Translation of overtime in Spanish:

overtime

Pronunciation: /ˈəʊvərtaɪm; ˈəʊvətaɪm/

n

uncountable/no numerable
  • 1 1.1 (extra work hours) horas (fpl) extra(s), sobretiempo (m) (Chile, Peru/Chile, Perú) to work overtime hacer* horas extra(s), trabajar sobretiempo (Chile, Peru/Chile, Perú) my brain was working overtime mi cerebro estaba trabajando a toda máquina (before noun/delante del nombre) overtime ban prohibición (feminine) de trabajar horas extras or (Chile, Peru/Chile, Perú) de trabajar sobretiempo
    More example sentences
    • And how his heart flamed when his loathsome boss slapped on the additional insult of overtime hours or weekend work.
    • Since 16 February they have worked strictly to their agreed hours and banned unpaid overtime, which the museums depend on to keep functioning.
    • Employers added 340,000 jobs, while the length of the average workweek rose and manufacturing workers spent more overtime hours on the job.
    1.2 (pay) horas (fpl) extra(s), sobretiempo (m) (Chile, Peru/Chile, Perú)
    More example sentences
    • Management has not paid wages, overtime or welfare payments for May and June.
    • Everything else is tied to performance related pay, a major increase in pay differences between workers in different areas doing the same job, and loss of overtime and bonus payments.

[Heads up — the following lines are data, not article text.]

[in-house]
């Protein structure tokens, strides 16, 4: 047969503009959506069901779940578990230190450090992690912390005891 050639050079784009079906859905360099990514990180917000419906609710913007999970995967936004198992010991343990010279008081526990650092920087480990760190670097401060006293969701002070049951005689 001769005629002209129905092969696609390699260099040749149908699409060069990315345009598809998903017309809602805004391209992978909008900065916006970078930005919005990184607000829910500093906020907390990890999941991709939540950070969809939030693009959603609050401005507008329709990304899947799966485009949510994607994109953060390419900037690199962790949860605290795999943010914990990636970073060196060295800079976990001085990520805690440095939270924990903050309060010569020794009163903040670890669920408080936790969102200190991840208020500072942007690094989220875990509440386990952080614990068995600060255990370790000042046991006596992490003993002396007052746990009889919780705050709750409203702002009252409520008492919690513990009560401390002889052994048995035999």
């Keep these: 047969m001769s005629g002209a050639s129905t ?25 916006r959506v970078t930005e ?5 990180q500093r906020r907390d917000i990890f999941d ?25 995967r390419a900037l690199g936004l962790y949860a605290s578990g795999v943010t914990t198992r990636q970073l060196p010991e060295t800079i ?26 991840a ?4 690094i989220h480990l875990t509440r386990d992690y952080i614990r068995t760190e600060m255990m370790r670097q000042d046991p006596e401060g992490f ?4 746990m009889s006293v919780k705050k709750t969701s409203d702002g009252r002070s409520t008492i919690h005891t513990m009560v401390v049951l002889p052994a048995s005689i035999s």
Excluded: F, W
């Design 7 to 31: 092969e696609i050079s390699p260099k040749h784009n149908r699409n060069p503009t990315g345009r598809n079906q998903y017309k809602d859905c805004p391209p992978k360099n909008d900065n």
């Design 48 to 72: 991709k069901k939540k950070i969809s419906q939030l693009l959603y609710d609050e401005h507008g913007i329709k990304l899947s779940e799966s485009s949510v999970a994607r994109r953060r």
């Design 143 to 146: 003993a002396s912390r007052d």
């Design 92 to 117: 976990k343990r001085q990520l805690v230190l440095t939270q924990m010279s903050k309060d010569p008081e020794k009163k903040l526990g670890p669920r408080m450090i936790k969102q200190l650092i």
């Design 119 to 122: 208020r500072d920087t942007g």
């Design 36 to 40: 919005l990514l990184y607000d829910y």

• The obvious answer is to put more money in by increasing your monthly contributions (or skimming off an annual bonus, overtime or other payment).
  • 2 (American English/inglés norteamericano) [Sport/Deporte] prórroga (f), tiempo (m) suplementario
    More example sentences
    • Not playing overtime and having games end in ties would be more fair than the rules as they stand today, and nobody wants to see ties, so the league needs to make a change.
    • Do you remember nailing a 37-yard field goal with five seconds remaining in regulation to send that game into overtime?
    • The Texans turned three turnovers into 17 points and blocked a field goal in overtime to keep the game tied.

Definition of overtime in:

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Word of the day torta
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Cultural fact of the day

Most first names in Spanish-speaking countries are those of saints. A person's santo, (also known as onomástico in Latin America and onomástica in Spain) is the saint's day of the saint that they are named for. Children were once usually named for the saint whose day they were born on, but this is less common now.